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Brains Trust - Coming to Australia

The Australian advertising and media landscape is becoming increasingly competitive with both home-grown and overseas businesses entering our market at an unprecedented rate particularly - but not solely - in the digital media sector.

Here we ask MediaScope's Brains Trust to share their tips by responding to the question...

What insights and advice can you offer to media businesses looking to enter and set up in the Australian market? 


Jonas Jaanimagi - Head of Media Strategy & Operations - REA GroupMediaScope Brains Trust - Coming to Australia

Having helped to manage two satellite offices for digital media businesses in the past, I have some fairly strong opinions on what to consider when entering a new market.

 Ultimately it comes down to capabilities and is best summarised by three P's. Products, Processes and People.

Any large established digital business considering entering a foreign market is most likely to have a relatively solid track record of success. Therefore the products and processes should be sound and well established. The trick however, is to not force any particular business model or pre-defined product strategy on the local team. Instead seek to support and enable a local strategy that meets the needs and trends of the local marketplace, whilst still providing the core resources that allow them to execute the plans. Each local market tends to have its own local quirks and it takes something genuinely unique to come in and create demand for something new from the very start.

This localised approach must also apply to the people. It's often hard for foreigners to enter a new market and very quickly assimilate. It often takes years for those on the ground to both fully empathise with local demand and establish real credibility. Finding local talent and fully empowering them to define, setup and execute a relevant local strategy is critical. The parent company should naturally ensure that the plan is sound in terms of both commercials and concept but never dismiss key elements simply because they are different in anyway.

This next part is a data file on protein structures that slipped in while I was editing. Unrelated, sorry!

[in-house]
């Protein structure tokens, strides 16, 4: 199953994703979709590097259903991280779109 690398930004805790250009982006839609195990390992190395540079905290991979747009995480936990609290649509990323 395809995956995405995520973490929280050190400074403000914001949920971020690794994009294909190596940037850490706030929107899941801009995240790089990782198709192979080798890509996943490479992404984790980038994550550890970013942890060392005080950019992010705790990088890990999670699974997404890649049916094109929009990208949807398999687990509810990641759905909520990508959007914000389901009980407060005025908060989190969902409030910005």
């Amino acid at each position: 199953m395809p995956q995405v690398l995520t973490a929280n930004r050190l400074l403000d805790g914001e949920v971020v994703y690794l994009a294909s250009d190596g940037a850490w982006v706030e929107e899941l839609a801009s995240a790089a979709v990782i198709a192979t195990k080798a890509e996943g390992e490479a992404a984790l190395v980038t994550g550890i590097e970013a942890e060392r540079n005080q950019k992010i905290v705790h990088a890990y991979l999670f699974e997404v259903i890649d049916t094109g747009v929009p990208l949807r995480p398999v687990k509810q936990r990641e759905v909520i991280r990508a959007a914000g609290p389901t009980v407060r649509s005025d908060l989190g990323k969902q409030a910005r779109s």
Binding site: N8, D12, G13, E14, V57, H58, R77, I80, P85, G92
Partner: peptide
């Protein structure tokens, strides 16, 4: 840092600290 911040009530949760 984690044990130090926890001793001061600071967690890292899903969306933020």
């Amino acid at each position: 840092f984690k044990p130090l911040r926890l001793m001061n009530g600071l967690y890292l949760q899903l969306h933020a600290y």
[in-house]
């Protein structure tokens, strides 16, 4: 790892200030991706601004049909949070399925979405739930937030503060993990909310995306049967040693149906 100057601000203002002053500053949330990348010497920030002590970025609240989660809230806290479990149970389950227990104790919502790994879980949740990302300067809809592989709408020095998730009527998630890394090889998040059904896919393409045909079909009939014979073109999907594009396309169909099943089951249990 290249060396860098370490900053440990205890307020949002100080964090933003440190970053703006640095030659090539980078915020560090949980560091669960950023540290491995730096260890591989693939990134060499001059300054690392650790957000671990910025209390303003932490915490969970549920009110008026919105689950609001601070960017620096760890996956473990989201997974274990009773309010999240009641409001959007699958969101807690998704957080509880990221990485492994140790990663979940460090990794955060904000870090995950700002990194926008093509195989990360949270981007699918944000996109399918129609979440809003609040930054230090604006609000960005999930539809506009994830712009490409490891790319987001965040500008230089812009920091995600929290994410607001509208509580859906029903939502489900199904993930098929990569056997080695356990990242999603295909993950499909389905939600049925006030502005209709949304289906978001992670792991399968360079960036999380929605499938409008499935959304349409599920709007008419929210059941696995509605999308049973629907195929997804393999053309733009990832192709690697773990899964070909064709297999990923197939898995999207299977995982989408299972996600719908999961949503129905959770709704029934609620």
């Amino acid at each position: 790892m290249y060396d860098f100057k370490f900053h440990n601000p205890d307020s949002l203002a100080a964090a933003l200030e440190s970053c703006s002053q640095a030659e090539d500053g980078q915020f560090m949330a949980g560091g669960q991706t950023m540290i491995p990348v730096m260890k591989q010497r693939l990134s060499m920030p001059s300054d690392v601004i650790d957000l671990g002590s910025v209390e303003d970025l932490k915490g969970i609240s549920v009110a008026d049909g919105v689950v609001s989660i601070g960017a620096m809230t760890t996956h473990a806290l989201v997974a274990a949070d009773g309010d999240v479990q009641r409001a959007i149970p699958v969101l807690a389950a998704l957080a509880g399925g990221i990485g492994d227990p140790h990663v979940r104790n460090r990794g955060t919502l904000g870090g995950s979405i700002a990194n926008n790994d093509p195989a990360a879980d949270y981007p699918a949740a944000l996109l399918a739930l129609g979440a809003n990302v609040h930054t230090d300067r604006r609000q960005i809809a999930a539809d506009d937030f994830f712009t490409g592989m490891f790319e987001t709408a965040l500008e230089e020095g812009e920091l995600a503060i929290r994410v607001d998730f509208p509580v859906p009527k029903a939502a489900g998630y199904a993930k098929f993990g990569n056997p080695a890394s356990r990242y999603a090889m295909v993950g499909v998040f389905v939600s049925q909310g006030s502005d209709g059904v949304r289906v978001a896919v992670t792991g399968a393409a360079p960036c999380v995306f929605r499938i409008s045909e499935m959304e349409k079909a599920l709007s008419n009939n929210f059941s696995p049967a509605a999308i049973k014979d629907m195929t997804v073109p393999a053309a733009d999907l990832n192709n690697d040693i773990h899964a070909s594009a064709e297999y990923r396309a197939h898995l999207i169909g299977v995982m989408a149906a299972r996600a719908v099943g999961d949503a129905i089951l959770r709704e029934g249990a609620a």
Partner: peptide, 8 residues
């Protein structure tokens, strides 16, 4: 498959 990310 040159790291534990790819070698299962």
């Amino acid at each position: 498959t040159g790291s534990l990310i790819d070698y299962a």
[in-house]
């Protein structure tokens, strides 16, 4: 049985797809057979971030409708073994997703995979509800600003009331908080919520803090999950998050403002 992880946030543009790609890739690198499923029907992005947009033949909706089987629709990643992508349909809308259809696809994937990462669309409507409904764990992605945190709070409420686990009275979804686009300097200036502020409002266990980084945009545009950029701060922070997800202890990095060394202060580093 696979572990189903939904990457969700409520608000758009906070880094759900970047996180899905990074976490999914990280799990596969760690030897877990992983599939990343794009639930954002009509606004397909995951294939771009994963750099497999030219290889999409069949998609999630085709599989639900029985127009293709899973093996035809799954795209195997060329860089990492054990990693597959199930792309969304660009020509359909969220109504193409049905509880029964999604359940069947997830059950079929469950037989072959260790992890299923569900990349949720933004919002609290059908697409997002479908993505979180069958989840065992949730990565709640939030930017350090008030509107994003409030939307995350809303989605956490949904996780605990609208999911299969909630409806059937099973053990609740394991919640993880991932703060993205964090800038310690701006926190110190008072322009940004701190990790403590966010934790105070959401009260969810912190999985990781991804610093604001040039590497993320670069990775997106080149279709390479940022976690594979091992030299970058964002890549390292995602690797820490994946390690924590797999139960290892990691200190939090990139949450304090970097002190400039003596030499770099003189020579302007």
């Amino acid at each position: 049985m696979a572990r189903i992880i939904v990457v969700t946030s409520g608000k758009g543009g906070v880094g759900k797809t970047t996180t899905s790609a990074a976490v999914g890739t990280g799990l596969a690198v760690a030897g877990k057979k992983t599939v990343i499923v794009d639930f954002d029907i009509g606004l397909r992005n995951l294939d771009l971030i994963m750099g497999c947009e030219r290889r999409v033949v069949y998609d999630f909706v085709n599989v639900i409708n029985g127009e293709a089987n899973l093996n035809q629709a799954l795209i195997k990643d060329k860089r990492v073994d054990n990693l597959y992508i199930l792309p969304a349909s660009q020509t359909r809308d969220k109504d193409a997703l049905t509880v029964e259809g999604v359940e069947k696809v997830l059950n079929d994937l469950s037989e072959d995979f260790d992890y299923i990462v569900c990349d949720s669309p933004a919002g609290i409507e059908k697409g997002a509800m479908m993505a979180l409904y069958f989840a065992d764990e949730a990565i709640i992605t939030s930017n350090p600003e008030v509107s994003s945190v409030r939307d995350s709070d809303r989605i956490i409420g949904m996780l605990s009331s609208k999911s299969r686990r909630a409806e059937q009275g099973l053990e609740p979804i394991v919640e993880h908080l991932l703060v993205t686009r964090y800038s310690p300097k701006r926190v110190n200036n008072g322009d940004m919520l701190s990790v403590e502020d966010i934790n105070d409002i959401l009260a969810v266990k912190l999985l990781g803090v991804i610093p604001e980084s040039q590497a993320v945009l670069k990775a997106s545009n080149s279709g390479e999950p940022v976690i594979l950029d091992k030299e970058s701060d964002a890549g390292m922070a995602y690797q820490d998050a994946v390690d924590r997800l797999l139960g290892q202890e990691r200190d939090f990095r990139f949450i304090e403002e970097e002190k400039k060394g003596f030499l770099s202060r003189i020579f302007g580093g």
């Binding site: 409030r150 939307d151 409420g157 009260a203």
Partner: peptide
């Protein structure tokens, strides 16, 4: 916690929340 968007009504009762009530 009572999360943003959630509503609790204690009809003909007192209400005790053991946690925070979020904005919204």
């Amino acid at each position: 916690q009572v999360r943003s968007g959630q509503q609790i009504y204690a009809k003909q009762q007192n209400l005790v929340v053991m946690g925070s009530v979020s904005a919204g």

Focus instead upon those three P’s. Hire the right local people, enable them via sound processes and then empower them to define and execute their own appropriate product strategy.

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Duncan Arthur - Commercial Director - Guardian AustraliaMediaScope Brains Trust - Coming to Australia

Do your research: understand the local market; talk to as many potential clients or customers as you can; understand what your competitors do or don't do well. Get absolutely clear on why the local market should value you. Run the numbers thoroughly. If you can't find clear space to occupy then chances are your potential clients won't find it either.

 Companies looking at regional expansion should understand that being successful in another market is not a guarantee they'll do well in Australia. Things do work differently here and you gloss over those differences at your peril. Success comes from better understanding of our culture, geography, population and lots of other factors besides. Local knowledge, perspective and contacts is mandatory. If you behave like a visiting foreigner you will be treated like one.

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Ayal Steiner - General Manager - Outbrain Aust & NZMediaScope Brains Trust - Coming to Australia